THE BLOG

You Two Alone?: Why Women Travelling Without Men Arouse Masculine Anxieties In India

25/08/2016 2:19 PM IST | Updated 27/08/2016 9:11 AM IST
NEW! HIGHLIGHT AND SHARE
Highlight text to share via Facebook and Twitter
Brian Stevenson

On my recent visit to Srinagar, Kashmir, my young upmarket cab driver (iPhone and dollars in his wallet) waited for a few hours before he finally asked, "So, are you married?"

I said yes.

Just then my sister said no.

"Kids?" He continued, looking at me.

"Three," I answered.

The tone was of disbelief now.

"So, you have left your kids and husband alone to be here on a holiday?"

I smiled. He saw the smile in his rear view mirror.

"We should leave everything behind once annually," I said. "You should do it too."

After a while my sister told him I was messing around. "We are 'single'," she said.

There is no good way to know how a stranger will behave, but of course he would have acted differently if he did not see us as "two women alone".

After answering all his questions it was my sister's turn to be curious. "So how many kids do you have?"

Which upmarket 23-year- old wants to look like a married man with kids? The question meant he looked married with kids. He looked visibly hurt and offended. He never answered. We drove in silence after that for a while. A naughty twinkle danced in my sister's eyes.

A similar unease popped at the hotel. Here the same question was packed with general pleasantries.

"So do you like the hotel?"

"You two are sisters?"

"You like your room?"

"So you two are travelling alone?"

"So are you married?"

On an average, two couples or families would be partaking of the breakfast buffet with us. I noticed the little interest the hotel staff took in them. All the questions were served to us. They hovered to find the right moment -- a water refill or offering a special pickle. I wondered if there'd be a similar interest in two men travelling together. My sister was sure that they would induce a somewhat similar anxiety. I don't think they would. Men travelling without typical hetero-normative families have the armour of travelling for work.

On the third day of our vacation we drove to Gulmarg, a two-hour journey by car. By now I had a name for the phenomenon: "two-women-alone". Our driver was at it again. He said the travel guides and horsemen in Gulmarg are aggressive and get into fights on hiring rates. He told us to keep him out of the negotiations. We laughed, teased and consoled him. "Don't worry we will manage," I said. Our refusal to take his warning seriously upset him and he finally declared, "You are not travelling with gents, so you should be especially careful! I am serious!" We had no trouble in hiring a guide at Gulmarg. Just that the guide we hired was a wrong pick from the many available. There is no good way to know how a stranger will behave, but of course he would have acted differently if he did not see us as "two women alone". The questions returned.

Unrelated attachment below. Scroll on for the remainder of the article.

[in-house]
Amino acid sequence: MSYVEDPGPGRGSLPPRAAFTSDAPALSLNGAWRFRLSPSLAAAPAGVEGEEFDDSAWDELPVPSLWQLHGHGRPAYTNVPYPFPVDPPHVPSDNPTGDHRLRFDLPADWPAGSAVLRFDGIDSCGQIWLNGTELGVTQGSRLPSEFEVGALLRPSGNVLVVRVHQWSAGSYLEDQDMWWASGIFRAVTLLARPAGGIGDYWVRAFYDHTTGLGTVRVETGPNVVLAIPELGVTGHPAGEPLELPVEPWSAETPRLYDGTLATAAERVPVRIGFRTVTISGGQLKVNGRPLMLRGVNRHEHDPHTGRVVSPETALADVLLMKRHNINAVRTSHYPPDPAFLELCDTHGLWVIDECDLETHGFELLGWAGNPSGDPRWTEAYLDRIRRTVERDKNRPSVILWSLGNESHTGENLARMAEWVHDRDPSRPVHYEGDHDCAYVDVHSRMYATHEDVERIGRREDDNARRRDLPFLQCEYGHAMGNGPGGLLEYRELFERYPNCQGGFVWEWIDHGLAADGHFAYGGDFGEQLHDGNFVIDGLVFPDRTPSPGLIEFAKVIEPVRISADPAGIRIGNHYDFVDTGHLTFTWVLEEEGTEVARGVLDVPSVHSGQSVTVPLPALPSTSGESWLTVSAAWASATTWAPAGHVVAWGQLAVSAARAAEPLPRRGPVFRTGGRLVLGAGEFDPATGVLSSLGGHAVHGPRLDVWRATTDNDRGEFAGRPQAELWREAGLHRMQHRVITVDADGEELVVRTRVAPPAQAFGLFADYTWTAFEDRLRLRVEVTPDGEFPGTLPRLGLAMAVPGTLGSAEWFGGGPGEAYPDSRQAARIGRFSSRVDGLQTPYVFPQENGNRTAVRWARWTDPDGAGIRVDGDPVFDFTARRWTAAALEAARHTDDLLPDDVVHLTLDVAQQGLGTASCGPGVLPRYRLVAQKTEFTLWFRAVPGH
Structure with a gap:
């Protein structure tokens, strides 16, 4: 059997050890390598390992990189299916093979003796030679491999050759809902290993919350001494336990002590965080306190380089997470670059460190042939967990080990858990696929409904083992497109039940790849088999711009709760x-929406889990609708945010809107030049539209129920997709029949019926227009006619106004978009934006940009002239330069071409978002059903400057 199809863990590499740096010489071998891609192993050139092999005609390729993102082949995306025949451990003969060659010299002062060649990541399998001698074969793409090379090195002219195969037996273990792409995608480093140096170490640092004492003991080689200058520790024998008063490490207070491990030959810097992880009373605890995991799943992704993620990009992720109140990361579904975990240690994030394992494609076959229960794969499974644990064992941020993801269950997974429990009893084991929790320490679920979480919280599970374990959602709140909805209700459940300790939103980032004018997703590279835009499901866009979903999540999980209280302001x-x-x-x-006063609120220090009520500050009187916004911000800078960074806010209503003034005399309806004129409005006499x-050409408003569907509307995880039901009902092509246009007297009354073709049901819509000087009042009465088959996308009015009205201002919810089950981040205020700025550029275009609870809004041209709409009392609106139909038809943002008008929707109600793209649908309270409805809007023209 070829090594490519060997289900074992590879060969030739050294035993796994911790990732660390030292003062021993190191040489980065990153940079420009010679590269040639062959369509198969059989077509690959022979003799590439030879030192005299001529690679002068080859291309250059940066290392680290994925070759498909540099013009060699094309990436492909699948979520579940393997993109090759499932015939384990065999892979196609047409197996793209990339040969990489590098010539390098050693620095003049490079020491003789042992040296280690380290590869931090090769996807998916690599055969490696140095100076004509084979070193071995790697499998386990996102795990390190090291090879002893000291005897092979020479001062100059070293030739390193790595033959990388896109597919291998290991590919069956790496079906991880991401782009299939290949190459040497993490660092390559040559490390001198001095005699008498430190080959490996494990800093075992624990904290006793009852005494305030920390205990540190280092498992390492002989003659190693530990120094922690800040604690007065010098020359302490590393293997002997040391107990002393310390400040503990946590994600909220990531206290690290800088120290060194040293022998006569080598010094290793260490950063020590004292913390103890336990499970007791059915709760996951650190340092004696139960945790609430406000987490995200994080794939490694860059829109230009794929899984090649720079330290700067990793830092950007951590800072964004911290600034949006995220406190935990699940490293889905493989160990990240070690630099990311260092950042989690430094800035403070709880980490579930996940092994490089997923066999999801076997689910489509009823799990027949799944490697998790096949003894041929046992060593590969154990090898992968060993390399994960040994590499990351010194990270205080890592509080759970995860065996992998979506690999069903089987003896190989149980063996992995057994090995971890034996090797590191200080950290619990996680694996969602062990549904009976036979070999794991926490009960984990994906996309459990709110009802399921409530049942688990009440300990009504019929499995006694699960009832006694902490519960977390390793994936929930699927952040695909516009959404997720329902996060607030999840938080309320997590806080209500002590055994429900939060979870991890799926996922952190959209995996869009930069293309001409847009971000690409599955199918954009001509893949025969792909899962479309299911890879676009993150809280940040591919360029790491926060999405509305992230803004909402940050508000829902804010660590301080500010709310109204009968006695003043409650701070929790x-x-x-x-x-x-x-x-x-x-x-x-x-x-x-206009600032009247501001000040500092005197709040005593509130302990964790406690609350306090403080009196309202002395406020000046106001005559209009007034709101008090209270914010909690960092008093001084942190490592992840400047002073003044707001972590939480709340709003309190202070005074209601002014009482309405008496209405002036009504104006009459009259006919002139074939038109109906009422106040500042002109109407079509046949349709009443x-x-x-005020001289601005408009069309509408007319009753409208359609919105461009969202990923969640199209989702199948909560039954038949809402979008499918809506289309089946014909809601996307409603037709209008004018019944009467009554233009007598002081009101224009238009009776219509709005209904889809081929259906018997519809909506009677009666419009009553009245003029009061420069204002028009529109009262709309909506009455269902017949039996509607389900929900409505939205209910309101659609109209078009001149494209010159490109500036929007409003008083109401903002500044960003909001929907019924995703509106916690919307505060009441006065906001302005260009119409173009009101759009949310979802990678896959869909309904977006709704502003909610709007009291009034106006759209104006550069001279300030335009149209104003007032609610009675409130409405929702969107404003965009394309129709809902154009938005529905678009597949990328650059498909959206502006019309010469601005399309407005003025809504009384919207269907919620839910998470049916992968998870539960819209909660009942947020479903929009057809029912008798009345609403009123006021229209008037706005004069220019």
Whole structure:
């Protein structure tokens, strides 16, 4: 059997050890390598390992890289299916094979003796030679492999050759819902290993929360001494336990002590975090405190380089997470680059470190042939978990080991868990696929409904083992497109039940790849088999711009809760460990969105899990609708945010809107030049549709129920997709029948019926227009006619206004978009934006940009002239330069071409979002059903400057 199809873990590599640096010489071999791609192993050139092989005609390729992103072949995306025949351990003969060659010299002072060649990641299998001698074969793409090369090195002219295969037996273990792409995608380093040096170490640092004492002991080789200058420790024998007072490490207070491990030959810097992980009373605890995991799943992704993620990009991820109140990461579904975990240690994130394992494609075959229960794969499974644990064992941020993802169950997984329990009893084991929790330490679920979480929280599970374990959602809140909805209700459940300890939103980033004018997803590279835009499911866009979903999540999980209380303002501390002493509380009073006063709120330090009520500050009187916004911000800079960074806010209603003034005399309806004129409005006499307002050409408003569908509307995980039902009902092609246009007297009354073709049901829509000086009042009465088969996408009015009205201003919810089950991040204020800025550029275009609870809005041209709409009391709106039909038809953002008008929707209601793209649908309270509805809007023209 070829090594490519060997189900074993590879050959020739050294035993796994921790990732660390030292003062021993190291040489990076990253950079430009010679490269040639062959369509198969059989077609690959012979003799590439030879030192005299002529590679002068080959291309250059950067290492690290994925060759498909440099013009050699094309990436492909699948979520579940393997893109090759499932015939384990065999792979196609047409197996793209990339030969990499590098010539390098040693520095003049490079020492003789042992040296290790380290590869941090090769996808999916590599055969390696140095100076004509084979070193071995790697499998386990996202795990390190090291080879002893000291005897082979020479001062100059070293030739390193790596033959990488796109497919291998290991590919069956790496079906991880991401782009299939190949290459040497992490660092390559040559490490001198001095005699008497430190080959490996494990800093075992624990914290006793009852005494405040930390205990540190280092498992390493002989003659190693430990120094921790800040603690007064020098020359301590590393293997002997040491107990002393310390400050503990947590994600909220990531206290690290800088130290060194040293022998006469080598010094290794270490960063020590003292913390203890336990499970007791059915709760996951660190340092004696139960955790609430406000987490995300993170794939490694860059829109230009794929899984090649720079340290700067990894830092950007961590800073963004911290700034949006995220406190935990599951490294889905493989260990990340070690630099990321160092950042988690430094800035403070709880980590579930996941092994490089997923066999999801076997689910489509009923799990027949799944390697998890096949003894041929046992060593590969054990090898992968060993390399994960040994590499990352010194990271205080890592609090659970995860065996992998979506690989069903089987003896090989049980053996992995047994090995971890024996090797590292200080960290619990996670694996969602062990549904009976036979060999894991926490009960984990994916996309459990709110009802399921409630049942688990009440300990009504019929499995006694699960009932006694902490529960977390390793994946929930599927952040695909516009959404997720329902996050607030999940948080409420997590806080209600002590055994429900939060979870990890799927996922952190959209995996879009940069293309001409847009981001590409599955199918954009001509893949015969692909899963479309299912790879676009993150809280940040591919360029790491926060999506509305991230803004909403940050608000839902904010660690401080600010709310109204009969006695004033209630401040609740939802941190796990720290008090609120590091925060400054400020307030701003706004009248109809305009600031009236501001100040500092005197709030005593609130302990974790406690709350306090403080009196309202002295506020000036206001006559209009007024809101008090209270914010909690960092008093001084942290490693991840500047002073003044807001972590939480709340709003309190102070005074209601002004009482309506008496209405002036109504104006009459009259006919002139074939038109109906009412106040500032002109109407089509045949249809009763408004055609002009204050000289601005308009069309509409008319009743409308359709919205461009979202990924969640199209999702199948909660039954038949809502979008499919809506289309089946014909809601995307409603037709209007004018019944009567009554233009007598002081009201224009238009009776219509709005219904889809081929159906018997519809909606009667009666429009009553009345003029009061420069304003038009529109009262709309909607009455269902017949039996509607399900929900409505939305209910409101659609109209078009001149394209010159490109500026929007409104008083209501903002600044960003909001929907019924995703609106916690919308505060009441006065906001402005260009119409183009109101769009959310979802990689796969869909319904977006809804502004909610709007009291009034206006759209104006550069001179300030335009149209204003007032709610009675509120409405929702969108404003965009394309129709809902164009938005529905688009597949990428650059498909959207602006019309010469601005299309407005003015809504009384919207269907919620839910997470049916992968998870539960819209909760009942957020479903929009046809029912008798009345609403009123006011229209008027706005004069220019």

"Are you two travelling alone?"

"Are you married?"

"What do you do?"

"What is your age?"

Phew.

He had the fact of his gender as his privilege card. I had class on my side. I had hired him. I would pay him if he behaved.

Try admiring a green meadow in the awkward company of these questions. I did not answer for a while. My sister took the grand it-is-none-of-your-business route this time, and so the guide latched on to me. After a while I decided to change strategy and fired equally invasive questions about his life. I mean I am a writer. This could be a gift coming my way.

"Are you married?"

"What does your wife do?"

"How many kids do you have?"

"What do the kids do?"

"How many boys?"

"How many girls?"

"What do the girls do?"

"How much do you earn in a day?"

"Where do you live?"

"Why did you marry?"

The plan failed. He was more than keen to answer my questions. He mistook my questioning for genuine interest in him. We were negotiating our privileges. He had the fact of his gender as his privilege card. I had class on my side. I had hired him. I would pay him if he behaved. Even then, he was out of control. Once when we were sitting in the cable car I was unsure if he wasn't masturbating sitting there; staring at us, both his palms covering his crotch.

Chasms.

See-Saw.

Back at the hotel I wondered on this "two-women-alone" anxiety. The questions were symptoms of the threat we posed. Two-women-alone threat. Our economic sufficiency threatened the order. Our buying power disempowered them. Their questions were an act of marking an absence. An absence is not present till its place is legitimized as an absence. The questions, thus, were mere timid acts of self -preservation.

I wonder how often my mother was asked -- you five alone?

I wanted to tell them: It is ok. You will be fine without us.

After traveling all over the world alone, a few years back, some switch in my head got undone and now I am an anxious traveller. I worry. I want to control all the variables -- airplane turbulence, traffic, weather, things I imagine will go wrong and try to pre-fix. I tire myself till I cannot tire myself more. And so I avoid travelling altogether. I have realized my travel anxiety is somewhat hereditary. My father is an anxious traveller. So much so that he hardly travels. Thus, all through my child hood years I have travelled with my mother and three sisters. We have covered half of India together. I got my love for travel in those years. I never thought on it before but now it strikes me, you need courage to travel alone with four young girls in India.

I wonder how often my mother was asked -- you five alone?

Golden Baba

More On This Topic